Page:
Listen, Speak, Reﬂect
Photo of Panfilo by Gary Porter
“I am an organic farmer, and I work in a restaurant. I produce organic vegetables and different produce. I rent land at the Farley Center in Verona. When I am working, I ﬁnd people working together, Mexican or American people. I work with both very well. I appreciate all the help here. I take care of my friendships, my health, so I am good. I want to stay here and see what happens.”
— From Panﬁlo’s Immigrant Journeys story
In 2019, we launched Immigrant Journeys from South of the Border, an exhibit that shares the stories of eight immigrants who now live and work in Wisconsin. At the time, WH Executive Director Dena Wortzel called the debate about immigration “one of our state’s and our nation’s most consequential conversations.”
During the past year of social and physical distancing, we wanted this conversation to continue. We partnered with Local Voices Network (LVN) to host virtual conversations about immigration inspired by our Immigrant Journeys exhibit. Small groups of people came together to listen, reﬂect, and share their own experiences and perspectives.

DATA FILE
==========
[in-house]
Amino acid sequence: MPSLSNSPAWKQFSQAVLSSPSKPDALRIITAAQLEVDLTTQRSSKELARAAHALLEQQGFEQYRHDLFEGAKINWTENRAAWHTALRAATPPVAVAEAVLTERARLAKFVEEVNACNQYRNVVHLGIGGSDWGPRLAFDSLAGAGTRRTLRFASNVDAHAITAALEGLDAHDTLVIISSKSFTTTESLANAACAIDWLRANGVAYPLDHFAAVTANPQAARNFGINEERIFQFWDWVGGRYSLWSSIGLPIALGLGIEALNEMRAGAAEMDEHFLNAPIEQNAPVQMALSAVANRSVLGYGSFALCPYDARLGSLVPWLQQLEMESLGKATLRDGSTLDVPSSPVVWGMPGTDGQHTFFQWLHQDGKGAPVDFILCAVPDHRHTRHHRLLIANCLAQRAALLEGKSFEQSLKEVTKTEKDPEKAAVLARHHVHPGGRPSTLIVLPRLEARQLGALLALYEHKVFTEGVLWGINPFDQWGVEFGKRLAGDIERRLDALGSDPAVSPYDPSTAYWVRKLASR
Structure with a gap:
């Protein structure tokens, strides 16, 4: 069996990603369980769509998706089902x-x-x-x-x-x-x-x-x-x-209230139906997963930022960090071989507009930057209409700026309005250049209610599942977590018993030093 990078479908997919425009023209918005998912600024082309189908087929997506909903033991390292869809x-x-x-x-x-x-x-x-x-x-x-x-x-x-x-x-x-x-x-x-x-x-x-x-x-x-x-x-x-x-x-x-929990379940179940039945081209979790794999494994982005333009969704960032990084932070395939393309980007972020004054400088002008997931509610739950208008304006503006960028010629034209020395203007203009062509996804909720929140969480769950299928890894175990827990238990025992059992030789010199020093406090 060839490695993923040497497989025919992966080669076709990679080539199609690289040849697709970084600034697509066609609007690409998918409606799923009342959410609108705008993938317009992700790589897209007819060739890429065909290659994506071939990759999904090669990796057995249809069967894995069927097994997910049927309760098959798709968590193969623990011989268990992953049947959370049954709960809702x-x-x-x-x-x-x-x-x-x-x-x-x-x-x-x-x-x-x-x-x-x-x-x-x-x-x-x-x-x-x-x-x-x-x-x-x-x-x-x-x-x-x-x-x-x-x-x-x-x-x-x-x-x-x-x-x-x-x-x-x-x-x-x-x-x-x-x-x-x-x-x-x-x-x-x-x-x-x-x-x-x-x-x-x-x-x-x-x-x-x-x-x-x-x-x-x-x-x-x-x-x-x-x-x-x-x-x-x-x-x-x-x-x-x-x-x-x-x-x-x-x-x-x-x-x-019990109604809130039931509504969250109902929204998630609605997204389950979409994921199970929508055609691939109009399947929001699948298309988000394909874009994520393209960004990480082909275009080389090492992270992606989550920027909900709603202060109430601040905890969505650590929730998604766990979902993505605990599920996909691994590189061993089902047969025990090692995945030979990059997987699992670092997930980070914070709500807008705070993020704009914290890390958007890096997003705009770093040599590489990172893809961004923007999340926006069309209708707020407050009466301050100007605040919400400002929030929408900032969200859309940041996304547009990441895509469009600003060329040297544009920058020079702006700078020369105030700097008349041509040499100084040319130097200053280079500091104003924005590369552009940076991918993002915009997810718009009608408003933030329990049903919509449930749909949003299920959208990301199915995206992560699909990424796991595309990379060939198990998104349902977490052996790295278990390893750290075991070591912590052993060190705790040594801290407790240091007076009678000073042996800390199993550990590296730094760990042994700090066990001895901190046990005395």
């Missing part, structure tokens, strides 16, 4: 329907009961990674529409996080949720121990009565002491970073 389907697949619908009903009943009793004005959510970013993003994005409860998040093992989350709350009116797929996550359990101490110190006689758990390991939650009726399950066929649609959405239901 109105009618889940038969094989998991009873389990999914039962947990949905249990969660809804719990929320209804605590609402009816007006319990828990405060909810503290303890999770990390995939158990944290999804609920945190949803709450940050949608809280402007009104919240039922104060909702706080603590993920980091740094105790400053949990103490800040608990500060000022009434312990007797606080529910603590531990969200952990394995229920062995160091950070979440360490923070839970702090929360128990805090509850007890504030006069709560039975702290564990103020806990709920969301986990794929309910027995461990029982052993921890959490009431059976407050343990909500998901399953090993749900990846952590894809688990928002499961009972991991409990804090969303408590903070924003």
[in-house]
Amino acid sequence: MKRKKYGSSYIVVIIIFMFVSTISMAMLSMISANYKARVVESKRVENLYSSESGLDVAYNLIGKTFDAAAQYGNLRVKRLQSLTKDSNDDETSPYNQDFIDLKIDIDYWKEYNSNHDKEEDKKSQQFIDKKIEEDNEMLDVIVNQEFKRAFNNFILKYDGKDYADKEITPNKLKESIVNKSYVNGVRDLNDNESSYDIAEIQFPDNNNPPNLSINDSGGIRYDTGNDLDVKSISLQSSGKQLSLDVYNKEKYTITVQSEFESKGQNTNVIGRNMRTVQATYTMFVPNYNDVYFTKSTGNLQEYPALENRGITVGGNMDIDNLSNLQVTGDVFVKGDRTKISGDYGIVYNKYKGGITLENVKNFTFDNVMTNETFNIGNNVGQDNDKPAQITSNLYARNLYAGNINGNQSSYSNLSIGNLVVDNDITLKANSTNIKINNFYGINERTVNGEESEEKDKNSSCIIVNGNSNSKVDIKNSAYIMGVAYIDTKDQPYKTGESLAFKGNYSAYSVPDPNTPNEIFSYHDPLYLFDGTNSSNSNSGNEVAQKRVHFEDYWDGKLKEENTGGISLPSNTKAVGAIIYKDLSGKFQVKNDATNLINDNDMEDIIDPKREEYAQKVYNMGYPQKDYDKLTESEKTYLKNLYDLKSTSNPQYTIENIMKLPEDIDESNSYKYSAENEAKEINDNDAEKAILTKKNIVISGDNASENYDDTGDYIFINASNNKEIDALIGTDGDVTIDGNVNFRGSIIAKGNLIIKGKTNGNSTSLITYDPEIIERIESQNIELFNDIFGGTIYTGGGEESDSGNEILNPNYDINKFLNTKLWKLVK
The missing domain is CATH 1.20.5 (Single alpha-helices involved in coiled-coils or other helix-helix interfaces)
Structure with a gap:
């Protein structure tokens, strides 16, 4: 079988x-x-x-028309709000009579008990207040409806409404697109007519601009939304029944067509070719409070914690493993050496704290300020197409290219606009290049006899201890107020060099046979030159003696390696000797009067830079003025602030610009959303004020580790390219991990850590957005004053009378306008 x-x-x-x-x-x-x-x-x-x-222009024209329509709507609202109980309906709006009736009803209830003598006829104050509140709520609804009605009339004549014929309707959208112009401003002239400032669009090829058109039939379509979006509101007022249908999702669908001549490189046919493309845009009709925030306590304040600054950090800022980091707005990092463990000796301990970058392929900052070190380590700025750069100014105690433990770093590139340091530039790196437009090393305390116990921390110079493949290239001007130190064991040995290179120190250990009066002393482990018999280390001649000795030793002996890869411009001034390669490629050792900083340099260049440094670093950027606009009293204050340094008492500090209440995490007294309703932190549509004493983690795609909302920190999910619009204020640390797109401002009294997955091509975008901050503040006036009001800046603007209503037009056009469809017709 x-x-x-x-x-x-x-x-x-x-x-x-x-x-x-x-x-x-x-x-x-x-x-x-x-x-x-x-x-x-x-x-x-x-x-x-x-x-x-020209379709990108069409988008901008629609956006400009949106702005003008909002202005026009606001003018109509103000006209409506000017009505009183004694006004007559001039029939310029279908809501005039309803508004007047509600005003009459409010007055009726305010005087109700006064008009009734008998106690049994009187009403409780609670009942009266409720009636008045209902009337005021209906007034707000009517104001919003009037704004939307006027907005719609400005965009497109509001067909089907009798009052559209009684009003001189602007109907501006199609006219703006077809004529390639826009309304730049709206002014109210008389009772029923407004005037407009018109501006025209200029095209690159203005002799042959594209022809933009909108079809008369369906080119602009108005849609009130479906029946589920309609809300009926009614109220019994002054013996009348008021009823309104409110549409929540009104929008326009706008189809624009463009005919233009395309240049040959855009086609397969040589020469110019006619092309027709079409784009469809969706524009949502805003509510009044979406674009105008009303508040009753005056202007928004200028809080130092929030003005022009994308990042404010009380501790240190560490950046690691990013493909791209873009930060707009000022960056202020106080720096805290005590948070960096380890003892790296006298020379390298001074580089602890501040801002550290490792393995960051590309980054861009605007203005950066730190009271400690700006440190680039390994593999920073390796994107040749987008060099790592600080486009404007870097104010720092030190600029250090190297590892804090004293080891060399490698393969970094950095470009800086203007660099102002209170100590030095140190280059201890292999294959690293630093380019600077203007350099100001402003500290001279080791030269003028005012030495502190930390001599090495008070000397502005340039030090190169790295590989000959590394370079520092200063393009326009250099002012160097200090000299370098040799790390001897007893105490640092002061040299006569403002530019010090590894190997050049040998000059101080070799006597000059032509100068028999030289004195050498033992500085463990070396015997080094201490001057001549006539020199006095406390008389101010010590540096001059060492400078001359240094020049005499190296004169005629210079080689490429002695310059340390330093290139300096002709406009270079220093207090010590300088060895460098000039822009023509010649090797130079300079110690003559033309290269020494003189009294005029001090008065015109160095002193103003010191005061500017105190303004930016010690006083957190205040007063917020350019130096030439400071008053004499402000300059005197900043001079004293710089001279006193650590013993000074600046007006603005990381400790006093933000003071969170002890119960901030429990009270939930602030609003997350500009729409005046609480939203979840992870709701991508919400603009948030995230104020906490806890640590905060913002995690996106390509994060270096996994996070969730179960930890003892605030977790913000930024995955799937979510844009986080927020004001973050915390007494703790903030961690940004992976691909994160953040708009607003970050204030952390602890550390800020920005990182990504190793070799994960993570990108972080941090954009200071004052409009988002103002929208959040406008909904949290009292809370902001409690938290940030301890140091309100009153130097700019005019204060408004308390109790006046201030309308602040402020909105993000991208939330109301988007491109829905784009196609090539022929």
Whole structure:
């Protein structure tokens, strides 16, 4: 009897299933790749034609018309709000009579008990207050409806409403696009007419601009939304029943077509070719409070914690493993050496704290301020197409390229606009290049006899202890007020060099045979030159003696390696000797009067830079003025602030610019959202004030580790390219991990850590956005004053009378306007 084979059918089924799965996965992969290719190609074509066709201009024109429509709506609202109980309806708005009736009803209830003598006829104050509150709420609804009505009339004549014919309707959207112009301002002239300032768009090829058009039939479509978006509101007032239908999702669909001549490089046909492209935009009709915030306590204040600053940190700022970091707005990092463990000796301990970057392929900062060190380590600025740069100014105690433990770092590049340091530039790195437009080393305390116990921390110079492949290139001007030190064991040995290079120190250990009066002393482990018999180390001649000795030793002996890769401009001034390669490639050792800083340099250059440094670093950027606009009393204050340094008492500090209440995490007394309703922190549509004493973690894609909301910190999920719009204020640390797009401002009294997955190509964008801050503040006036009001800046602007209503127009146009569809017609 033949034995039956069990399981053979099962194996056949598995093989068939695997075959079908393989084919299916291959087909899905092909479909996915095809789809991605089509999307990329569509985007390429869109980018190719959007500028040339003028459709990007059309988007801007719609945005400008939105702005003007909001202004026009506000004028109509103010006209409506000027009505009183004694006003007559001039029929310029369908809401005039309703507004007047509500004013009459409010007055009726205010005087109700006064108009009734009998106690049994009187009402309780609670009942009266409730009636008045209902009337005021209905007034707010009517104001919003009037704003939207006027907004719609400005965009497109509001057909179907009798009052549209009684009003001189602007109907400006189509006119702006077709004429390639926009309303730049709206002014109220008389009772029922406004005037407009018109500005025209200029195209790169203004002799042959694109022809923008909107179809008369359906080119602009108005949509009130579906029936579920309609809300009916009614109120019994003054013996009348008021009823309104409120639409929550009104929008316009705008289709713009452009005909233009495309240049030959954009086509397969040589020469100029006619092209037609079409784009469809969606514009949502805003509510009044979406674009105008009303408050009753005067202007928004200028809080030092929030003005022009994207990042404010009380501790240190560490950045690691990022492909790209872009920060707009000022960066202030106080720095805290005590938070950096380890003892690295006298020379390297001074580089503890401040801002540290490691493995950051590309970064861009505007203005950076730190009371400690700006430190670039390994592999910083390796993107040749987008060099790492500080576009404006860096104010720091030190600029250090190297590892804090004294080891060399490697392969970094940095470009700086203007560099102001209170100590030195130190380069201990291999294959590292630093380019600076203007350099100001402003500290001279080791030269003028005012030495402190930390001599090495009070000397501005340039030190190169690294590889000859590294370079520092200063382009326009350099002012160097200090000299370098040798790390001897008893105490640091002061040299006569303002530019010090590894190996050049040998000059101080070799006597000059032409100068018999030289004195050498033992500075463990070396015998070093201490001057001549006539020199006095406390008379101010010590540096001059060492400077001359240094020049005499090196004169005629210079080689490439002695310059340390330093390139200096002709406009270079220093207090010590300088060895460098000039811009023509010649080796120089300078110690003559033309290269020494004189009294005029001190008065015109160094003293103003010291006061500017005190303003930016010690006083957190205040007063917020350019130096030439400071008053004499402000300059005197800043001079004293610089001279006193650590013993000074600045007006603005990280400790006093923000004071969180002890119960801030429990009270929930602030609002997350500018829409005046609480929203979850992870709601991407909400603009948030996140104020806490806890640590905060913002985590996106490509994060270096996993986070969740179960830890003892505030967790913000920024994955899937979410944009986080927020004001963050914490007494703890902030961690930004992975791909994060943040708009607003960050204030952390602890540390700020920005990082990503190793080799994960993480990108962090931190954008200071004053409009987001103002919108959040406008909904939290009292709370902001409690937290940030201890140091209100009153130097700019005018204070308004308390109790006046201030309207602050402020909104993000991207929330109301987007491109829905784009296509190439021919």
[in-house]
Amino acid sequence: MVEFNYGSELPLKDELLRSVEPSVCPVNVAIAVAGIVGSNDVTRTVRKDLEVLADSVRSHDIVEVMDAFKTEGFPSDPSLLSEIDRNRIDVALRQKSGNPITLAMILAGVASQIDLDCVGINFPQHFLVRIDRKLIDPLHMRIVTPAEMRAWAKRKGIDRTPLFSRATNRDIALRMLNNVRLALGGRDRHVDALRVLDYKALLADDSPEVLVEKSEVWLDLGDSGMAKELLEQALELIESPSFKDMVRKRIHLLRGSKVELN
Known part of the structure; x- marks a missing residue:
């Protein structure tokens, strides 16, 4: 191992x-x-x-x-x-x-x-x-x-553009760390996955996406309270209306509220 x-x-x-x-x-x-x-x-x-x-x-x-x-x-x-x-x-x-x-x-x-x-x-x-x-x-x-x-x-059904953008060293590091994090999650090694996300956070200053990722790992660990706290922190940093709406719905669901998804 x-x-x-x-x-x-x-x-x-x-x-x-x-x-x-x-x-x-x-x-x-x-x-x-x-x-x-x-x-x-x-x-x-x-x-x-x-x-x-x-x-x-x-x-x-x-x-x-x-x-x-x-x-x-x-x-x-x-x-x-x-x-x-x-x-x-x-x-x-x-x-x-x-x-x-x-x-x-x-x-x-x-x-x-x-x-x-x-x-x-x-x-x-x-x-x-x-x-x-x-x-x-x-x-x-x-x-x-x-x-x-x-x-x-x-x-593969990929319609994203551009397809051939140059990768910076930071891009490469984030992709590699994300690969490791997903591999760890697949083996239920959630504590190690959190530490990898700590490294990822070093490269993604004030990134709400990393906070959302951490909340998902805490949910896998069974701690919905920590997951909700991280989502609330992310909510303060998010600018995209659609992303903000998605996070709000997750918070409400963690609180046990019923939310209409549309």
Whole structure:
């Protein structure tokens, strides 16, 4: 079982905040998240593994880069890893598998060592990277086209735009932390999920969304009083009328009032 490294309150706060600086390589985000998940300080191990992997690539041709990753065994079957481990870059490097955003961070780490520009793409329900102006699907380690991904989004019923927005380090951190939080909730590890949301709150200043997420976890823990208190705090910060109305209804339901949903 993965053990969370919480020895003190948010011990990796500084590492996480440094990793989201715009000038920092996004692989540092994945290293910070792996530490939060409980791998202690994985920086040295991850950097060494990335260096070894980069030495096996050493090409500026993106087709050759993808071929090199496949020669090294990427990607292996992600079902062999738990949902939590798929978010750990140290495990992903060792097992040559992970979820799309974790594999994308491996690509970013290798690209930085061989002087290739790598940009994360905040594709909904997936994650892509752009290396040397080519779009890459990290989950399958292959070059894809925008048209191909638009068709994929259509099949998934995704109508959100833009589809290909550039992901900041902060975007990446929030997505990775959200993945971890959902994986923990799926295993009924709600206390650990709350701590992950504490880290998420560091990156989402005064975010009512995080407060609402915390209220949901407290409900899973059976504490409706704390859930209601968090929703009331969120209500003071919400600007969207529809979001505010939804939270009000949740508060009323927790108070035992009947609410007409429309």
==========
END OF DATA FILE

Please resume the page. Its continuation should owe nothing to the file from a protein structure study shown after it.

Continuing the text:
“I’m married to an immigrant. I am thrilled that I am able to have this relationship here. And I’m so excited about all of the contributions that immigrants have made to this country. We’re so culturally rich, and I think that it’s just a wealth for our country.”
— From a recent Immigrant Journeys conversation
We’re thrilled to share this Q&A with Jimmy Gutierrez, the host of our new podcast, Human Powered. Jimmy is also a Milwaukee-based journalist whose work takes an exciting, community-centered approach. Both roles are all about connecting with people through deep, sustained listening.
We’ve put together a fantastic team to help us tell beautifully produced, emotionally powerful stories about how people make places better across our state. One of the people you’ll meet is Cheri Fuqua, a community leader and organizer.
“Mary spent her life bringing people together and supported Wisconsin Humanities because she believed its programs and initiatives were so eﬀective in providing public forums for civic dialogue among people of all persuasions, something she felt was so necessary for us all.”